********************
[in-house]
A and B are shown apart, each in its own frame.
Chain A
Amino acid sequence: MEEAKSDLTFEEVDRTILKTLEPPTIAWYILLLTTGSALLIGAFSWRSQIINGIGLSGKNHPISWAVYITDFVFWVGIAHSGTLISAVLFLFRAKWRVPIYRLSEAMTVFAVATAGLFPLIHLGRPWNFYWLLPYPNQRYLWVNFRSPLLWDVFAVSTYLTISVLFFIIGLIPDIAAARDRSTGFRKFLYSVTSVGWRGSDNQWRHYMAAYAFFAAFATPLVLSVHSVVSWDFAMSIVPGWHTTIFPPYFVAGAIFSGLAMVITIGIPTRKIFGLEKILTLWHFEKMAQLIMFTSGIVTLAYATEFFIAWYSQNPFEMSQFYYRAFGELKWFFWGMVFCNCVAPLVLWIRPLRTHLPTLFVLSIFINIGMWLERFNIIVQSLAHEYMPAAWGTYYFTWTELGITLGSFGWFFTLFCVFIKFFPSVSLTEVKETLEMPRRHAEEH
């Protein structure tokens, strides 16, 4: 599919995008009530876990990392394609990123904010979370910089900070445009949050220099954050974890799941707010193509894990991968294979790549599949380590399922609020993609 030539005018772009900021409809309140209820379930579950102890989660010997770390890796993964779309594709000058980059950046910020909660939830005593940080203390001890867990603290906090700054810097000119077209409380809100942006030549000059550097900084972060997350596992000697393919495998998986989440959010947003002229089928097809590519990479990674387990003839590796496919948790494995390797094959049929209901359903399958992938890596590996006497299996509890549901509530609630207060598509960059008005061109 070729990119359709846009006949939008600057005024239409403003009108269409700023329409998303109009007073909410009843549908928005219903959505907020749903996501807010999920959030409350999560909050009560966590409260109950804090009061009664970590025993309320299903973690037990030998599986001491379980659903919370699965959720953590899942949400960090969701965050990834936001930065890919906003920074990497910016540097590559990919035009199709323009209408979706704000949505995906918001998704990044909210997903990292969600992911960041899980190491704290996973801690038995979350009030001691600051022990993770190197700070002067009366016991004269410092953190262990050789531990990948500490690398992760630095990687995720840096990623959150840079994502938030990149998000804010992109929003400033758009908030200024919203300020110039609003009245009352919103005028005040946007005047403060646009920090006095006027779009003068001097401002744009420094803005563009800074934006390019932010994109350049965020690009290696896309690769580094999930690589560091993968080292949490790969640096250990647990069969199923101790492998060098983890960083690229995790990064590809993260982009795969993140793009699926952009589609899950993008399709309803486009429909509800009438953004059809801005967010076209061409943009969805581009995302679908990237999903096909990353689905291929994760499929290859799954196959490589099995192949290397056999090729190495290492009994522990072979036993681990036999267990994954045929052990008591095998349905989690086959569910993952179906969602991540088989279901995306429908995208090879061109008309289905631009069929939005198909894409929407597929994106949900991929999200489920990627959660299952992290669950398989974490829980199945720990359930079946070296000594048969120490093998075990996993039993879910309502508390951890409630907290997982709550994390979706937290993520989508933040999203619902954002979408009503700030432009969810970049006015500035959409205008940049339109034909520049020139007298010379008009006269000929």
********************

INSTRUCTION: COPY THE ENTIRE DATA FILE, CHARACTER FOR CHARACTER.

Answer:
[in-house]
A and B are shown apart, each in its own frame.
Chain A
Amino acid sequence: MEEAKSDLTFEEVDRTILKTLEPPTIAWYILLLTTGSALLIGAFSWRSQIINGIGLSGKNHPISWAVYITDFVFWVGIAHSGTLISAVLFLFRAKWRVPIYRLSEAMTVFAVATAGLFPLIHLGRPWNFYWLLPYPNQRYLWVNFRSPLLWDVFAVSTYLTISVLFFIIGLIPDIAAARDRSTGFRKFLYSVTSVGWRGSDNQWRHYMAAYAFFAAFATPLVLSVHSVVSWDFAMSIVPGWHTTIFPPYFVAGAIFSGLAMVITIGIPTRKIFGLEKILTLWHFEKMAQLIMFTSGIVTLAYATEFFIAWYSQNPFEMSQFYYRAFGELKWFFWGMVFCNCVAPLVLWIRPLRTHLPTLFVLSIFINIGMWLERFNIIVQSLAHEYMPAAWGTYYFTWTELGITLGSFGWFFTLFCVFIKFFPSVSLTEVKETLEMPRRHAEEH
């Protein structure tokens, strides 16, 4: 599919995008009530876990990392394609990123904010979370910089900070445009949050220099954050974890799941707010193509894990991968294979790549599949380590399922609020993609 030539005018772009900021409809309140209820379930579950102890989660010997770390890796993964779309594709000058980059950046910020909660939830005593940080203390001890867990603290906090700054810097000119077209409380809100942006030549000059550097900084972060997350596992000697393919495998998986989440959010947003002229089928097809590519990479990674387990003839590796496919948790494995390797094959049929209901359903399958992938890596590996006497299996509890549901509530609630207060598509960059008005061109 070729990119359709846009006949939008600057005024239409403003009108269409700023329409998303109009007073909410009843549908928005219903959505907020749903996501807010999920959030409350999560909050009560966590409260109950804090009061009664970590025993309320299903973690037990030998599986001491379980659903919370699965959720953590899942949400960090969701965050990834936001930065890919906003920074990497910016540097590559990919035009199709323009209408979706704000949505995906918001998704990044909210997903990292969600992911960041899980190491704290996973801690038995979350009030001691600051022990993770190197700070002067009366016991004269410092953190262990050789531990990948500490690398992760630095990687995720840096990623959150840079994502938030990149998000804010992109929003400033758009908030200024919203300020110039609003009245009352919103005028005040946007005047403060646009920090006095006027779009003068001097401002744009420094803005563009800074934006390019932010994109350049965020690009290696896309690769580094999930690589560091993968080292949490790969640096250990647990069969199923101790492998060098983890960083690229995790990064590809993260982009795969993140793009699926952009589609899950993008399709309803486009429909509800009438953004059809801005967010076209061409943009969805581009995302679908990237999903096909990353689905291929994760499929290859799954196959490589099995192949290397056999090729190495290492009994522990072979036993681990036999267990994954045929052990008591095998349905989690086959569910993952179906969602991540088989279901995306429908995208090879061109008309289905631009069929939005198909894409929407597929994106949900991929999200489920990627959660299952992290669950398989974490829980199945720990359930079946070296000594048969120490093998075990996993039993879910309502508390951890409630907290997982709550994390979706937290993520989508933040999203619902954002979408009503700030432009969810970049006015500035959409205008940049339109034909520049020139007298010379008009006269000929």